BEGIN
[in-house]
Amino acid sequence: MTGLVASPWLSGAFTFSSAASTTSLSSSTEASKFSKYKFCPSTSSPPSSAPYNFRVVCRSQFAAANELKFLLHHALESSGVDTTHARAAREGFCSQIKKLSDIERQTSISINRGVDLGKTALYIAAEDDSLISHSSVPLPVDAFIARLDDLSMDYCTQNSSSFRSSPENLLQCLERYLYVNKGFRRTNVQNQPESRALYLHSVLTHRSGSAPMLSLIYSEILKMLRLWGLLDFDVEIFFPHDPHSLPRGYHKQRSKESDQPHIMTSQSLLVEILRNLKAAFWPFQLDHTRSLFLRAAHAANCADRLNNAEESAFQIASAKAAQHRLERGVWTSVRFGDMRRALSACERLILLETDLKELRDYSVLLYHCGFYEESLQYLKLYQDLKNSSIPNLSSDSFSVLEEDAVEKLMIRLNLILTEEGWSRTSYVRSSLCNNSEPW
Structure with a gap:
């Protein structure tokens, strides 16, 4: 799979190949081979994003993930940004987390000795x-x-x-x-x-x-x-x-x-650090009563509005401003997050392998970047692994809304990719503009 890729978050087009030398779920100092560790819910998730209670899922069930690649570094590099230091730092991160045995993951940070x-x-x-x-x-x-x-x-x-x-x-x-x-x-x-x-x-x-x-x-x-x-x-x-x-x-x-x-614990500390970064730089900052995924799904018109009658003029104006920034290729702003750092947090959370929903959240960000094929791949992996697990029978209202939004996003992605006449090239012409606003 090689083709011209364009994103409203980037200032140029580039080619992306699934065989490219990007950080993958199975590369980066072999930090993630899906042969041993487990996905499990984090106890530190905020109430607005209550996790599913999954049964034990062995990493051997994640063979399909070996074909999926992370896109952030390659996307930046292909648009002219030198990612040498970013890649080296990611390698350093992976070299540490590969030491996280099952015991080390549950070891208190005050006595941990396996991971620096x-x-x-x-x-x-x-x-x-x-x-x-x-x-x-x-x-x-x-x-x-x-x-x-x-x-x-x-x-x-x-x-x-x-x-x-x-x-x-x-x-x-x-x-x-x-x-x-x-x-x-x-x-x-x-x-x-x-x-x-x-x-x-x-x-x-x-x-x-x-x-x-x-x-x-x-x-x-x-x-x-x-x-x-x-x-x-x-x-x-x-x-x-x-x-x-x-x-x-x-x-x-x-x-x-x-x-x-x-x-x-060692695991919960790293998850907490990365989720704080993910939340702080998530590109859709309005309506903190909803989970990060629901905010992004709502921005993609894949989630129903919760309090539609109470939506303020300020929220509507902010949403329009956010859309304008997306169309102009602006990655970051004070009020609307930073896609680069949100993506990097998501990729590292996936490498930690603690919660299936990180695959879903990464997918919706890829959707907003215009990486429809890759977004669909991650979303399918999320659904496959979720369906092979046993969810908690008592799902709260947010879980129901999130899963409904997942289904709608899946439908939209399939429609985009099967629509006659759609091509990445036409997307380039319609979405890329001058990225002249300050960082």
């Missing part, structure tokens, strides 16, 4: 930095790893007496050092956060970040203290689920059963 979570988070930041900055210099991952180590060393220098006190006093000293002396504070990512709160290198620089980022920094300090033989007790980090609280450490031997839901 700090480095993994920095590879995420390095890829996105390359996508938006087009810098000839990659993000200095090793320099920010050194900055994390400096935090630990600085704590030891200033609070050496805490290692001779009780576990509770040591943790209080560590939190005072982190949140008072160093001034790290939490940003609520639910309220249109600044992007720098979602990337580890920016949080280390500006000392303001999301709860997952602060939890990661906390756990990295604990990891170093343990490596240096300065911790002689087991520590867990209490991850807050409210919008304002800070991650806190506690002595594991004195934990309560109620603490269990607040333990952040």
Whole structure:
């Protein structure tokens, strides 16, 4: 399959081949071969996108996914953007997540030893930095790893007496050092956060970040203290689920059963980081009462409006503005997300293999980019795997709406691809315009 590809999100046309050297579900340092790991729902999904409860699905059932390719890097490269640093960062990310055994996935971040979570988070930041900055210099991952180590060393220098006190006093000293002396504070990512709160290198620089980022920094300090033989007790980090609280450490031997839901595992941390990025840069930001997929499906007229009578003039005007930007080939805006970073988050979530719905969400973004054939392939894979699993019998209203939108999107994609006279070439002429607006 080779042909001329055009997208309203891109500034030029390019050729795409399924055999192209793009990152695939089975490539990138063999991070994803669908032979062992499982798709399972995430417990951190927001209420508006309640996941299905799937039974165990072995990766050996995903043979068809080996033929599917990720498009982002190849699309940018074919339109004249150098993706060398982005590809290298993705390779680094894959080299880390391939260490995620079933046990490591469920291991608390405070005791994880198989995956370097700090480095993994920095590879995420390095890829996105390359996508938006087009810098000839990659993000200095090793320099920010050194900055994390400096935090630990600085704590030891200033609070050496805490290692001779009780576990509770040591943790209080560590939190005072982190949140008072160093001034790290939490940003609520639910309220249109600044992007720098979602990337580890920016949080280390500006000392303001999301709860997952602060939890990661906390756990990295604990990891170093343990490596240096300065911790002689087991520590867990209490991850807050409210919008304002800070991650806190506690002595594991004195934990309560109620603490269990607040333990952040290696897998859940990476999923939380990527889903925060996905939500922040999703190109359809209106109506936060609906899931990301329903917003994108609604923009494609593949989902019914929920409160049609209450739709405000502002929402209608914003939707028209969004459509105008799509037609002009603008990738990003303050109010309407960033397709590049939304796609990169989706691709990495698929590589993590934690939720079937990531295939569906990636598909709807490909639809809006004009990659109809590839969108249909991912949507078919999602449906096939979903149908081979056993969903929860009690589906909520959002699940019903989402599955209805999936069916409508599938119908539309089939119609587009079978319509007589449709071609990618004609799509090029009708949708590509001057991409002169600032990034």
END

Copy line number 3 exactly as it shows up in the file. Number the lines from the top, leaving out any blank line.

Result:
Structure with a gap: